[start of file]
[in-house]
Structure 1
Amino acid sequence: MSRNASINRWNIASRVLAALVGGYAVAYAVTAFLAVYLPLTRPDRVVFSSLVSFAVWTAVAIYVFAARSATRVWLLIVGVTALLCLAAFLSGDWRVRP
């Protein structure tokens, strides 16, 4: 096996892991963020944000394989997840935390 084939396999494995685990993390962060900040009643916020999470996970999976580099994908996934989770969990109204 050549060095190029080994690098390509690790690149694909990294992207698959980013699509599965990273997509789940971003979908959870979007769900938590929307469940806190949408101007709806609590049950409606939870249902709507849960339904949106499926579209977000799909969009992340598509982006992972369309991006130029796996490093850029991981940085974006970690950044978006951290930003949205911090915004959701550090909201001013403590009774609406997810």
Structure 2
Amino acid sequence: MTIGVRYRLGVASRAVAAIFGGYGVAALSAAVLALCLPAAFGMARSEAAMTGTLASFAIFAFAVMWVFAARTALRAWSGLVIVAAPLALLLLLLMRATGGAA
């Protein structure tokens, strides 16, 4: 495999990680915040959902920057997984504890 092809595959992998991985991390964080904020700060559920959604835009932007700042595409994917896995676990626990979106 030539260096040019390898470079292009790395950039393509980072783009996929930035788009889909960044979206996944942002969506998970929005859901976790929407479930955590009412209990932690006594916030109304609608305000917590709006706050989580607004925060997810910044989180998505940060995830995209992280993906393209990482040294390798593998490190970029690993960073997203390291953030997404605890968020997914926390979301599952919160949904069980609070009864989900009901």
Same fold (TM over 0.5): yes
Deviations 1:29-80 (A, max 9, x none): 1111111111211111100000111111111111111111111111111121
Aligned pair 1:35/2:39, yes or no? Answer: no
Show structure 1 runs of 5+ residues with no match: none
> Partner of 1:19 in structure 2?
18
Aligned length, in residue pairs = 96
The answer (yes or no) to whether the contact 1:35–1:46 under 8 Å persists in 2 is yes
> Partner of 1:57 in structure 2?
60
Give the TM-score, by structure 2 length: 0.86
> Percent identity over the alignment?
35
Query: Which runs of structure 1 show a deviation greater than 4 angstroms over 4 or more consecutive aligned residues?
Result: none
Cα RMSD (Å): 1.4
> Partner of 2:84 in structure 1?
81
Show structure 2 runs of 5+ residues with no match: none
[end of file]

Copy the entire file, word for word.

[in-house]
Structure 1
Amino acid sequence: MSRNASINRWNIASRVLAALVGGYAVAYAVTAFLAVYLPLTRPDRVVFSSLVSFAVWTAVAIYVFAARSATRVWLLIVGVTALLCLAAFLSGDWRVRP
């Protein structure tokens, strides 16, 4: 096996892991963020944000394989997840935390 084939396999494995685990993390962060900040009643916020999470996970999976580099994908996934989770969990109204 050549060095190029080994690098390509690790690149694909990294992207698959980013699509599965990273997509789940971003979908959870979007769900938590929307469940806190949408101007709806609590049950409606939870249902709507849960339904949106499926579209977000799909969009992340598509982006992972369309991006130029796996490093850029991981940085974006970690950044978006951290930003949205911090915004959701550090909201001013403590009774609406997810």
Structure 2
Amino acid sequence: MTIGVRYRLGVASRAVAAIFGGYGVAALSAAVLALCLPAAFGMARSEAAMTGTLASFAIFAFAVMWVFAARTALRAWSGLVIVAAPLALLLLLLMRATGGAA
């Protein structure tokens, strides 16, 4: 495999990680915040959902920057997984504890 092809595959992998991985991390964080904020700060559920959604835009932007700042595409994917896995676990626990979106 030539260096040019390898470079292009790395950039393509980072783009996929930035788009889909960044979206996944942002969506998970929005859901976790929407479930955590009412209990932690006594916030109304609608305000917590709006706050989580607004925060997810910044989180998505940060995830995209992280993906393209990482040294390798593998490190970029690993960073997203390291953030997404605890968020997914926390979301599952919160949904069980609070009864989900009901």
Same fold (TM over 0.5): yes
Deviations 1:29-80 (A, max 9, x none): 1111111111211111100000111111111111111111111111111121
Aligned pair 1:35/2:39, yes or no? Answer: no
Show structure 1 runs of 5+ residues with no match: none
> Partner of 1:19 in structure 2?
18
Aligned length, in residue pairs = 96
The answer (yes or no) to whether the contact 1:35–1:46 under 8 Å persists in 2 is yes
> Partner of 1:57 in structure 2?
60
Give the TM-score, by structure 2 length: 0.86
> Percent identity over the alignment?
35
Query: Which runs of structure 1 show a deviation greater than 4 angstroms over 4 or more consecutive aligned residues?
Result: none
Cα RMSD (Å): 1.4
> Partner of 2:84 in structure 1?
81
Show structure 2 runs of 5+ residues with no match: none